In today’s The New York Times, David Brooks fondly remembers his days as a teenage pothead. While he finds his experience with the devil-weed did not harm him in any way, he is out to seriously harsh Colorado’s mellow, suggesting that legalizing pot was not prudent and certainly not something government should be doing.
Dear David, just imagine what would have happened if during one of those innocent, frollicky, friendship-deepening marijuana smoking sessions which you fondly recall, you had been busted. Not busted by your friend’s dad, who would have called your parents who would have grounded you for a month, but busted by the police.
Wait. You’re white and middle-class. The police probably wouldn’t have done much. After all back in the 1980s there was that time that Geraldine Ferraro’s son was arrested for dealing coke, and he only got four months in jail, and that was some kind of private luxury jail and that was COCAINE and there was too much publicity for him not to go to jail; plus his mom had lost the election, and Americans hate losers.
The problem with making something against the law isn’t that it discourages use. It really doesn’t. You and your friends were an example of that. (See also, Volstead Act, The) The problem is that laws have consequences and those consequences aren’t always allotted equally. The problem is some kids might get busted and get the shit kicked out of them by police officers. Some kids might even go to jail or lose their ability to get financial aide for college, while other kids will never even get arrested in the first place.
And please don’t tell me it’s all good because you aren’t talking about prosecuting users, just dealers. Chances are your dealer back in the day was one of your peers, someone not very different from you. If the occasional use of marijuana isn’t that bad, then frankly, neither is growing some in a closet and selling or giving it to your friends. If it’s less harmful than either alcohol or tobacco (and it’s pretty difficult to make the case that it’s more harmful than either of those substances) then basically you’re saying it should be a criminal offense because government’s job is socially engineering people to be the best selves they can possibly be as defined by you.
You do know that there are people in prison for selling pot don’t you? Sometimes small amounts of pot. Do you really think this is a good idea? Do you really think as a conservative that this is where you want your tax dollars to go? And your justification is the idea that if it weren’t illegal, prices would go down, and therefore what? Everyone would smoke to the point of idiocy? How expensive was pot when you were a teen? Did you stop because it was too expensive or because you just found better ways to spend your time?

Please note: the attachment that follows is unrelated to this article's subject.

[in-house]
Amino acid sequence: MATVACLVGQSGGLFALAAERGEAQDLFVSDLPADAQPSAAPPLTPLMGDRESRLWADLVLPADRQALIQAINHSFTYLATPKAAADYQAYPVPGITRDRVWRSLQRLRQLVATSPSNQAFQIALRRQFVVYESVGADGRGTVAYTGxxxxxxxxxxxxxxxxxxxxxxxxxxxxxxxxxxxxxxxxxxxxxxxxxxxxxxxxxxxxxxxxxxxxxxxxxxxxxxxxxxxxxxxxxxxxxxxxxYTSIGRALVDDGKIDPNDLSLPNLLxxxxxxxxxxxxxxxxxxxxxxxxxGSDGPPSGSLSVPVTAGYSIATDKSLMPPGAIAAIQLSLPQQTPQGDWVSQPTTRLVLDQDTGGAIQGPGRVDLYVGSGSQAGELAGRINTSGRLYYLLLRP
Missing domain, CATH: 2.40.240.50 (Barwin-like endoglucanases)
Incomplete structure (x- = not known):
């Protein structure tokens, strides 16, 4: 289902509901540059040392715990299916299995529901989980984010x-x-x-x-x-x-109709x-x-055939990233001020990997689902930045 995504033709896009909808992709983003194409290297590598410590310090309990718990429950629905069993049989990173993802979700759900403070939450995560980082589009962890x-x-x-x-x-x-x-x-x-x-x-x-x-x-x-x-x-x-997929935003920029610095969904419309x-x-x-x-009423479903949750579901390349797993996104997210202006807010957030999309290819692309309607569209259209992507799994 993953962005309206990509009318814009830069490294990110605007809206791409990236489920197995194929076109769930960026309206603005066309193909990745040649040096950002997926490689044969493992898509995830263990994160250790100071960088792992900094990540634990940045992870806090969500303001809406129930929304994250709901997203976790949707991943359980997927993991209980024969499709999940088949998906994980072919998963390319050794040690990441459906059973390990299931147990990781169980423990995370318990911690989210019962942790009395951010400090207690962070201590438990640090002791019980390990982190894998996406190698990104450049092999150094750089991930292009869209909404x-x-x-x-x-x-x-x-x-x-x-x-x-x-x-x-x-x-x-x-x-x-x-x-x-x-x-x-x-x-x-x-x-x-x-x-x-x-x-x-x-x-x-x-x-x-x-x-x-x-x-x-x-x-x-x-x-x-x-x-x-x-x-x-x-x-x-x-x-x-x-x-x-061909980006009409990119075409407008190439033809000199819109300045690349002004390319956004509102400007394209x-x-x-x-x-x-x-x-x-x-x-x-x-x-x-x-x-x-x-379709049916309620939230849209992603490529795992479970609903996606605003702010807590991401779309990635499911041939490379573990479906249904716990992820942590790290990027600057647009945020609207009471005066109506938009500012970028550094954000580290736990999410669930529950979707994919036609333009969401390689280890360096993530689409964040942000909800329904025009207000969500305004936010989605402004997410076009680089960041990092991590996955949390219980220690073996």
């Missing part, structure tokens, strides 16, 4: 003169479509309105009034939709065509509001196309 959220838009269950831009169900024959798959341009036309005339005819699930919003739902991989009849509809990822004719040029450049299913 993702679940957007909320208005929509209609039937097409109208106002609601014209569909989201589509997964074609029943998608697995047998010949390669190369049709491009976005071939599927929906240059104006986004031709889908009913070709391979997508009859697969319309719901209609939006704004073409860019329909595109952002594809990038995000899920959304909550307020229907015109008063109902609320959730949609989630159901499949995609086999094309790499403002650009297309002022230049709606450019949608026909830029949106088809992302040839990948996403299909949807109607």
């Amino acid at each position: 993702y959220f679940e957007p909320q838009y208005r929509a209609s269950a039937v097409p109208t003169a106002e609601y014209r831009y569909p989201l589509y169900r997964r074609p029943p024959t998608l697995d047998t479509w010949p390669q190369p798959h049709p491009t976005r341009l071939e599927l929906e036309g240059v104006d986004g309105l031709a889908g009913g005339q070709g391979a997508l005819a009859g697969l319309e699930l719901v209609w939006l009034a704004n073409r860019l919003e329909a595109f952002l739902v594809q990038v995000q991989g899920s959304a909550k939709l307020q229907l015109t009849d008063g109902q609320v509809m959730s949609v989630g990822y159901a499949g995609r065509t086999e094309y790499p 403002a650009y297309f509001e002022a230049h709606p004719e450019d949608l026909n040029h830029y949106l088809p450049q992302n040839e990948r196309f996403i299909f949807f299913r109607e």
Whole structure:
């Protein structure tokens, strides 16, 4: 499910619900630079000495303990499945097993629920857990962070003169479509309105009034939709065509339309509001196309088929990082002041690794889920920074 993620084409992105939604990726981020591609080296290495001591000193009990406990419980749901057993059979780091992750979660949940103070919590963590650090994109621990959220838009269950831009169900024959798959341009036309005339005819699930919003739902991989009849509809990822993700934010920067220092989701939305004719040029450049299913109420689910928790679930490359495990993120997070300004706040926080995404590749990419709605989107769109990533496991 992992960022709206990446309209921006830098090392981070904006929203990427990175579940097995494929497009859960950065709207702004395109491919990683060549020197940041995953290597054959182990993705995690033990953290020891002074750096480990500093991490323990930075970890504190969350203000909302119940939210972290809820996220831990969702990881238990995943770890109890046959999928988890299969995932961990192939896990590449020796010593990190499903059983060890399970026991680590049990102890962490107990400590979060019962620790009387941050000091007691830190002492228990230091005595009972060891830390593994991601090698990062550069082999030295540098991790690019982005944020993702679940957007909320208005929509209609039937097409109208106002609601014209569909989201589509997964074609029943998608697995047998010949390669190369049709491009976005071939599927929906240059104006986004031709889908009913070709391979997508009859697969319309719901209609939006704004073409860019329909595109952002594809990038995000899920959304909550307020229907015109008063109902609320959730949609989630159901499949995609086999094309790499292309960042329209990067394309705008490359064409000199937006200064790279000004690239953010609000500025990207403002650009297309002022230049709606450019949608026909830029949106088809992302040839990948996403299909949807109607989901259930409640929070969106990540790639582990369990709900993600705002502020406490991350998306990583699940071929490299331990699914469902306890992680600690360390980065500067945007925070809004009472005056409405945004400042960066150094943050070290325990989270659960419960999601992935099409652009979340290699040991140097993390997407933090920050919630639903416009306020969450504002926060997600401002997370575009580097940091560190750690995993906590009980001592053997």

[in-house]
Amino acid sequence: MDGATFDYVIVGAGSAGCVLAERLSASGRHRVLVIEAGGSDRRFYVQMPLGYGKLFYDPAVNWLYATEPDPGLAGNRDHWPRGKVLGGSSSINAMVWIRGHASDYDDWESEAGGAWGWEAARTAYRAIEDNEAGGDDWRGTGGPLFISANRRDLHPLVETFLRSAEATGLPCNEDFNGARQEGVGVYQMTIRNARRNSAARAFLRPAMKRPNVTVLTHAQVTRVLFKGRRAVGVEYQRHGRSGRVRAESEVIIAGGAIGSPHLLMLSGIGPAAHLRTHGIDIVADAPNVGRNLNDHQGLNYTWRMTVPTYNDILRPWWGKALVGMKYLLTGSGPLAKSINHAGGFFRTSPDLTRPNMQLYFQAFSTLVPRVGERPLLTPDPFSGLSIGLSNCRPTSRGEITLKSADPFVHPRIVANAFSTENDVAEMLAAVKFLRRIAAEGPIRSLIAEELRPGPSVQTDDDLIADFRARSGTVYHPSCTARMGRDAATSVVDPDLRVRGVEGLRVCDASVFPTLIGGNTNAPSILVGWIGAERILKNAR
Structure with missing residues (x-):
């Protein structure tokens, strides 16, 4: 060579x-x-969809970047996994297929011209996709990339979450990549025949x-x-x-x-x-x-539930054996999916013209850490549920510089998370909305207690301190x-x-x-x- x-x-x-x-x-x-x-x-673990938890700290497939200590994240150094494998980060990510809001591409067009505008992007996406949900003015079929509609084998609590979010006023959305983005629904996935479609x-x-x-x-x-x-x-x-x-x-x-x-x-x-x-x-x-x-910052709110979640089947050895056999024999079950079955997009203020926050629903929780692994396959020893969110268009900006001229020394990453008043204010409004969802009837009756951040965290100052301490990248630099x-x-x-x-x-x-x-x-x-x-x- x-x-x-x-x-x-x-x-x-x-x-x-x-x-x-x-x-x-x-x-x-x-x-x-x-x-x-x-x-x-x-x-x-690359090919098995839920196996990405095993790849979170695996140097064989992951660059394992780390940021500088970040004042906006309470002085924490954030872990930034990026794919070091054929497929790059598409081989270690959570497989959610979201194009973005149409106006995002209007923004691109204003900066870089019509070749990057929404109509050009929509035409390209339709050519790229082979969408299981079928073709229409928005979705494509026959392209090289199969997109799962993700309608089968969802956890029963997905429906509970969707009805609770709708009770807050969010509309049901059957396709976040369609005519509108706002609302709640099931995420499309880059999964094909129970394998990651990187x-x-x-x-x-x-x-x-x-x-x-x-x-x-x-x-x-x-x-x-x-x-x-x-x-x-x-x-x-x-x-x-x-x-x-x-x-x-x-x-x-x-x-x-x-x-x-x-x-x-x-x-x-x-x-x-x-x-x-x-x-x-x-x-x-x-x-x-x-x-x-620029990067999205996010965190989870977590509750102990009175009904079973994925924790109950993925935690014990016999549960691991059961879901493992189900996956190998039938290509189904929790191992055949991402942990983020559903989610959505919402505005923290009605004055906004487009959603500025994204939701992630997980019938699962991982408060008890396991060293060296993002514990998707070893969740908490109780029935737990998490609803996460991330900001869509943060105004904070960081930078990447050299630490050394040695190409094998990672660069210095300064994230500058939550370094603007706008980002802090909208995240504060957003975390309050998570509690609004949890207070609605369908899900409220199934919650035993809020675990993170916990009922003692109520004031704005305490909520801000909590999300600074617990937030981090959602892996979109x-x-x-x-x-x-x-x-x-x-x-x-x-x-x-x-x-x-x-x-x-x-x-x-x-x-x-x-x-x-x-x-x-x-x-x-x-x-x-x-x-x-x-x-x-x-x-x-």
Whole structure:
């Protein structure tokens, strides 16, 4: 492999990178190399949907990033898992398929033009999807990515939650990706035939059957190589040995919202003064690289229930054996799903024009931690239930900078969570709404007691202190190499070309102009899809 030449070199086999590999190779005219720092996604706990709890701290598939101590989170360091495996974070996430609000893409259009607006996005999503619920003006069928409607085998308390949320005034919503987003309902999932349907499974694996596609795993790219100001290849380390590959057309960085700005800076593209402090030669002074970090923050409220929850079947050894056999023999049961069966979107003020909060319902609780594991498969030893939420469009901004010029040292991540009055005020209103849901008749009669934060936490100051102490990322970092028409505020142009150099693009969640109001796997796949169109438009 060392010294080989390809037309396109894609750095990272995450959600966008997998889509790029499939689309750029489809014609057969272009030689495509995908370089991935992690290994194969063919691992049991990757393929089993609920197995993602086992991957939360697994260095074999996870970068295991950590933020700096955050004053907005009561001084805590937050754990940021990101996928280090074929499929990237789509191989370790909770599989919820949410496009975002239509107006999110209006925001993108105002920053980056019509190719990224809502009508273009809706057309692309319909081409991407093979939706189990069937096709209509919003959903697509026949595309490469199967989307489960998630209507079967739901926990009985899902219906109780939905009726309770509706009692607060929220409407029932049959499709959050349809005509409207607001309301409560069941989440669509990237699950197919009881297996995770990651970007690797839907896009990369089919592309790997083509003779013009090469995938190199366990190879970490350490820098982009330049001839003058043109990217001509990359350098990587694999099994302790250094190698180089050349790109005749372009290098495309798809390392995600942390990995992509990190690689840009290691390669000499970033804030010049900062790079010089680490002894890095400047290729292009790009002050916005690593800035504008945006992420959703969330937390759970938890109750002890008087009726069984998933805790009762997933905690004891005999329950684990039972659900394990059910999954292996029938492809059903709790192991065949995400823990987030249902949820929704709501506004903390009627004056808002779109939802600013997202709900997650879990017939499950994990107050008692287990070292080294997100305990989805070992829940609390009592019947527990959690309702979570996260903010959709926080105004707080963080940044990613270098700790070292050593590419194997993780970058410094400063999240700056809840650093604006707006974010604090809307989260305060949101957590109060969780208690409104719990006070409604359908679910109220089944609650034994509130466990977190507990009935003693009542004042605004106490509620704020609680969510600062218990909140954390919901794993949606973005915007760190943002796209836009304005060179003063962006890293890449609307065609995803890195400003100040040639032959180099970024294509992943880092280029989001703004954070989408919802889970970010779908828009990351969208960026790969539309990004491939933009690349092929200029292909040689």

You want to live in a society that “subtly encourages the highest pleasure, like enjoying the arts or being in nature” That’s cool, dude. So I guess that means you don’t want to kill Big Bird or slash arts funding for public schools. But what does that have to do with whether or not pot is legal? In fact, if it’s legalized and producing some tax-revenue, maybe we could afford to pay for arts education and subsidize museums. You do realize your argument stinks of nanny-state rhetoric, don’t you? It’s not even logical nanny-state rhetoric like the kind Bloomberg espoused, which at least had to do with alleviating actual public health issues like heart disease and obesity.
By making pot legal, Colorado is not “nurturing a moral ecology in which it is a bit harder to be the sort of person most of us want to be.” It’s only legalizing pot. If we followed your logic, that government should be “nurturing” us, then government certainly wouldn’t be paying farm subsidies for growing cheap corn which leads to cheap corn syrup which is making us fat, lazy and diabetic. Because who wants to be that?
(On further reflection is it possible that the purpose of the Op-Ed page at this point is to troll us? That it’s gotten so bad that this is the only way The Times can sell its papers?)
(No tip jar here, but if you liked this, you might maybe like other stuff Marion’s written — perhaps this whacky dystopian novella, or this little parallel universe one, or maybe even this novel of gentrification and is discontents.)